Mikael Selling CEO and Founding Partner at Opticom Consulting Group - Opticom Group

The seven lives of a tree. Sustainable enough?

Take a closer look at the cardboard box that you just opened, or the newspaper you finished reading, or the bag of toilet tissue you recently bought. In an earlier life, they all used to be trees. Or rather, the cellulose fibres these products are made of used to be trees. But since then, the fibres have made a long journey.

Let’s start from the beginning, out in the deep forests. Chances are that these trees grew in the Nordics, and were planted in the beginning of the 20th century. Then they were cared for, decade after decade. While they grew, they absorbed enormous amounts of CO2 and produced oxygen, year after year.

Then they got harvested. And while new seedlings were planted, the best timber became floor boards, kitchen cabinets, or even complete houses. The rest was meticulously processed into fresh fibre pulp. Which eventually allowed publicists to issue their glossiest magazines. Confectionaries to pack their most delicate chocolates. And IT-companies to market their smartest mobile phones.

End of act one. Time to recycle. These recycled fibres return as tabloid newsprint, heavy-duty packaging board, trendy wall-paper, best-selling books or almost anything else. And so it evolves. Time after time, in an eternal cycle of life. Or?

The truth is that not even cellulose fibre have eternal life. After six or seven iterations they’re done. Their tenacity is gone, and they turn into dust. And here’s the catch of the very important and ambitious recycling systems deployed all over the world today. Unless they’re fed with a certain amount of new, fresh fibre, they collapse.

Where will this insight take the recycling industry in the long run? How will it affect the policies of the environmentalists? And what opportunities will it present to adaptive and inventive pulp & paper companies that want to focus even more on sustainability?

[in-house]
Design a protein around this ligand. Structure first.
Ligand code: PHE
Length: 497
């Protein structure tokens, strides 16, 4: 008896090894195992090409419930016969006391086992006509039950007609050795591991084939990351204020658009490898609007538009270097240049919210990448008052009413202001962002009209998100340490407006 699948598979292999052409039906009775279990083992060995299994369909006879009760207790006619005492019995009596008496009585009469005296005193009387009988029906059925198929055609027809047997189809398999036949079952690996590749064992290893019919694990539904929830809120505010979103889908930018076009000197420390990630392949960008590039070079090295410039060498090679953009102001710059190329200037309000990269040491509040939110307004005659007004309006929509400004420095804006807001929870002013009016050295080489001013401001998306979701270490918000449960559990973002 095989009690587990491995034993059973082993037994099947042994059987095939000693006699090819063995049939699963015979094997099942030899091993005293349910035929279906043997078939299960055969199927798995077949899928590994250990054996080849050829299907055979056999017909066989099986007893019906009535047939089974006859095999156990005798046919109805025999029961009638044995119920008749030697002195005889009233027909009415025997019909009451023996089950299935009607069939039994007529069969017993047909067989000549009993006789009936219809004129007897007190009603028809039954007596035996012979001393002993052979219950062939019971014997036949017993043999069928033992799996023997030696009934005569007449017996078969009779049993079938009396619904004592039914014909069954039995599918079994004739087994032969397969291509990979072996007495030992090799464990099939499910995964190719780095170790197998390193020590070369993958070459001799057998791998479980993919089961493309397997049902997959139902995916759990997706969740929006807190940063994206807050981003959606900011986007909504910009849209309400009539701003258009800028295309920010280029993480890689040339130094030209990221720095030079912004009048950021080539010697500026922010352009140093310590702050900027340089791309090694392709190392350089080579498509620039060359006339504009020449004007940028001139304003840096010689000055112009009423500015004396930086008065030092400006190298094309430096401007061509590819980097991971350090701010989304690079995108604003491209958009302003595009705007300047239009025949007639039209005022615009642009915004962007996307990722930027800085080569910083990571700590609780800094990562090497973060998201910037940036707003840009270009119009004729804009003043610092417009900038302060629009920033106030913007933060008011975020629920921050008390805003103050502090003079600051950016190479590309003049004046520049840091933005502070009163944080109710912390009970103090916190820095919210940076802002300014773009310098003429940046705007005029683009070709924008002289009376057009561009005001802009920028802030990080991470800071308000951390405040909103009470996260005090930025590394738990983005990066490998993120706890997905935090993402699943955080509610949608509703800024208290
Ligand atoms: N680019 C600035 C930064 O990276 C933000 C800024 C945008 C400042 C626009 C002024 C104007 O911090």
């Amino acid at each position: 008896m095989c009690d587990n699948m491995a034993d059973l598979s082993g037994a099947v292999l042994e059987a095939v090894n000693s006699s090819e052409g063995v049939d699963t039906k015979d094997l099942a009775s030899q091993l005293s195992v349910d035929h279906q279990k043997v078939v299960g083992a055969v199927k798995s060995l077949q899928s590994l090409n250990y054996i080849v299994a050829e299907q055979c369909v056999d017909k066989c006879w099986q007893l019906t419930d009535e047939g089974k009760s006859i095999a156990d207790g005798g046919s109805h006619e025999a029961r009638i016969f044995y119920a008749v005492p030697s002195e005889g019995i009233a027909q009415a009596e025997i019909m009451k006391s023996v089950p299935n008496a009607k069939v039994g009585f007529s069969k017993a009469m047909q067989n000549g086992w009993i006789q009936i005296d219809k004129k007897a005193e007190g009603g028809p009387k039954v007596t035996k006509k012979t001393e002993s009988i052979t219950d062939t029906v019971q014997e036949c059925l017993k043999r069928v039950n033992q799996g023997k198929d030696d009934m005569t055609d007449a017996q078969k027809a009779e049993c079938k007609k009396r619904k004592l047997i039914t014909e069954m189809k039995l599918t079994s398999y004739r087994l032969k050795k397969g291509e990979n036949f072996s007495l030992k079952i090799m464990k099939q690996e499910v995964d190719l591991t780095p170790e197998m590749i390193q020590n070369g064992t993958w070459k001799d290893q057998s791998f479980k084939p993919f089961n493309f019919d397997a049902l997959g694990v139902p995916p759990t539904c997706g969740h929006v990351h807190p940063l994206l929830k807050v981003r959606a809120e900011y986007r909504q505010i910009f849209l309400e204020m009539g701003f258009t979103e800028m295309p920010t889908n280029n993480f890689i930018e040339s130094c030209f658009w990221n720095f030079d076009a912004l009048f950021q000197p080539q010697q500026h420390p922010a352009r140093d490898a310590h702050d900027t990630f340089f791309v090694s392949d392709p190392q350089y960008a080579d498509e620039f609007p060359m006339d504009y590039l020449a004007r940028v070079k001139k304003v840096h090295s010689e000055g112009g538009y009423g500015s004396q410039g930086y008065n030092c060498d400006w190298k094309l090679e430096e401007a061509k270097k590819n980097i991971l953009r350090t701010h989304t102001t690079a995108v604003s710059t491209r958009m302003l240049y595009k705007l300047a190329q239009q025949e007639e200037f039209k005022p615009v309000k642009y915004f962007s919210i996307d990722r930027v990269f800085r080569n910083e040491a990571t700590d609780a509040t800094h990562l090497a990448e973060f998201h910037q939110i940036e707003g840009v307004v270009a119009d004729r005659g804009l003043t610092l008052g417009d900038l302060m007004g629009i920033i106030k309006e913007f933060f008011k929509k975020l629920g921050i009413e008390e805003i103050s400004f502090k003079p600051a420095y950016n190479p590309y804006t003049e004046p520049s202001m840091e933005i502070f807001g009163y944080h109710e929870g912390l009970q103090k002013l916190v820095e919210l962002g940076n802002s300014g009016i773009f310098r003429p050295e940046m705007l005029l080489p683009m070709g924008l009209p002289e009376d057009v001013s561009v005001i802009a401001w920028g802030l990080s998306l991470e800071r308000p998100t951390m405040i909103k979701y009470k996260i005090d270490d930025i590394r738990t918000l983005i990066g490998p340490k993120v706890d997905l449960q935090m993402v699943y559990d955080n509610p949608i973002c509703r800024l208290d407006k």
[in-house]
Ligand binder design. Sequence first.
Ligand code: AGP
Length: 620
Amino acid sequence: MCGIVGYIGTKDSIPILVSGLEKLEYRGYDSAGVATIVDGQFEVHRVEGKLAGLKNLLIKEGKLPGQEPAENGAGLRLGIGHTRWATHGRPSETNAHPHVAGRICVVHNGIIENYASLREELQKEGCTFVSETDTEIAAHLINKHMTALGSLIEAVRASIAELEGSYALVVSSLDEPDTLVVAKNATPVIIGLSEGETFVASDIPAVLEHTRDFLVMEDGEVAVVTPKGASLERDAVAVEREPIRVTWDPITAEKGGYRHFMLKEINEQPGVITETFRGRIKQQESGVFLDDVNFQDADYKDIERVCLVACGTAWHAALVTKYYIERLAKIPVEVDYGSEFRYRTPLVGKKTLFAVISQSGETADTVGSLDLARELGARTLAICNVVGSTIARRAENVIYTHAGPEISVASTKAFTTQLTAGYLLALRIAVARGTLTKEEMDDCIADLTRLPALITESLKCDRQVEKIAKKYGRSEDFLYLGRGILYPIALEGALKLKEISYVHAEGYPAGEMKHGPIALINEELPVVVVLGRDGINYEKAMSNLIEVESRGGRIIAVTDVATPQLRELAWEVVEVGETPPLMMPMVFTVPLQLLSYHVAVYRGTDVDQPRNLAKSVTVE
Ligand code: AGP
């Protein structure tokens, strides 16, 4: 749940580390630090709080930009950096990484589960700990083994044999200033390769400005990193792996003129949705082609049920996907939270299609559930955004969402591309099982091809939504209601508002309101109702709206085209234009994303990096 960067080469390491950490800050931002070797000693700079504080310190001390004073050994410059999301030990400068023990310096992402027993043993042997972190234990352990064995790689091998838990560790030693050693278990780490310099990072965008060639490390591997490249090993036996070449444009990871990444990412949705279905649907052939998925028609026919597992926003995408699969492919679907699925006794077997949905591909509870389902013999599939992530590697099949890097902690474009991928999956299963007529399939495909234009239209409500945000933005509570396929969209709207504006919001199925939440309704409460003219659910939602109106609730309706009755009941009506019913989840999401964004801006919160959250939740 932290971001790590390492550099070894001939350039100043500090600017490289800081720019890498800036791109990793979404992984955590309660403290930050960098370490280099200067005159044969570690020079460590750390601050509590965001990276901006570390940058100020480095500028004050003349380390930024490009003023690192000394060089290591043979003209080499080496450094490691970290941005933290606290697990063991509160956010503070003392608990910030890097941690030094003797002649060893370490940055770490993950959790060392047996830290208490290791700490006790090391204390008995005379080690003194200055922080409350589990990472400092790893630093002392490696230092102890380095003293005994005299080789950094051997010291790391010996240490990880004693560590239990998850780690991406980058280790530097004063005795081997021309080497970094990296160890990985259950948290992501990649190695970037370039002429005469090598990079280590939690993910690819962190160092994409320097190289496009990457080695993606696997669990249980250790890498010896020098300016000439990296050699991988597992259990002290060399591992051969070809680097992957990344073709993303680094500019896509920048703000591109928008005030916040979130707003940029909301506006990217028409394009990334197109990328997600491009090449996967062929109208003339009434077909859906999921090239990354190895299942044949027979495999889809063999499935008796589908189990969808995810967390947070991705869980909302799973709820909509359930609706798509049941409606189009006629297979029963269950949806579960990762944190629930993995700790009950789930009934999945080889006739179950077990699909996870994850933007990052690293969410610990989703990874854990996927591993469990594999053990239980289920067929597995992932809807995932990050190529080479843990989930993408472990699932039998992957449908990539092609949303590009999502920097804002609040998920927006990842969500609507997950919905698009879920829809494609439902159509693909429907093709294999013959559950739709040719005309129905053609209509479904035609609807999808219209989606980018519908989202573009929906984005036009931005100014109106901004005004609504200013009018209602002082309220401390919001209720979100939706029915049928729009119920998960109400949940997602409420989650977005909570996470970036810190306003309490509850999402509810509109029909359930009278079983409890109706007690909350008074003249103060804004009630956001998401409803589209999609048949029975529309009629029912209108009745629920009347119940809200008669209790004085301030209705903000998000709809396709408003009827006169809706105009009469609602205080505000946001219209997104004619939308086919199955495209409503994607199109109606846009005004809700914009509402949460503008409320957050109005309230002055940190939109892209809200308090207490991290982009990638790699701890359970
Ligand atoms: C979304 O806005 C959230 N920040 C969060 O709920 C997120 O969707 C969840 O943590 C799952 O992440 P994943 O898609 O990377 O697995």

We don’t know yet. But we can find out.

Because we create value for companies around the world by transforming data and knowledge into strategic advice and effective communication.

Mikael Selling CEO and Founding Partner at Opticom Consulting Group - Opticom Group

Where did your kitchen table grow?

You probably don’t have the faintest idea. But, it is an important question to ask. Not only for you, but the entire globe.

Think about how much you care about the food you eat. You ask questions, such as; were the hens happy laying the eggs? Did the cows eat well? Are the carrots grown organically? Or did the peas get sprinkled with pesticides? It’s also become more important to know about the entire value chain, if the products come from a farm nearby, or have they been flown across the globe?

These are facts consumers use to drive their buying behaviour. So manufacturers now supply accurate information and are increasingly doing so. The proof can be found on a pack of eggs, or a bag of peas; there it all is, clearly declared.

Could this also be a way forward for the forest industry? Or rather in all industries making products from trees?

Consumer power is a forceful way to create the necessary peer pressure for change. Most people know from early age that trees are the lungs of mother Earth, transforming CO2 to the oxygen we breathe. But much fewer consumers know that trees are a steadily growing resource thanks to a century of responsible forestry.

Now look at this from a corporate perspective. Supplying sustainably produced goods has become one of the strongest brand promises today. So imagine the following. Next time you buy a new kitchen table, there’s a label with the GPS coordinates indicating where the trees grew. Your floorboards will be marked with how much water was used in production. And cookbooks will explain their environmental credentials by presenting both the ingredients and the recipes of the pulp they are made from.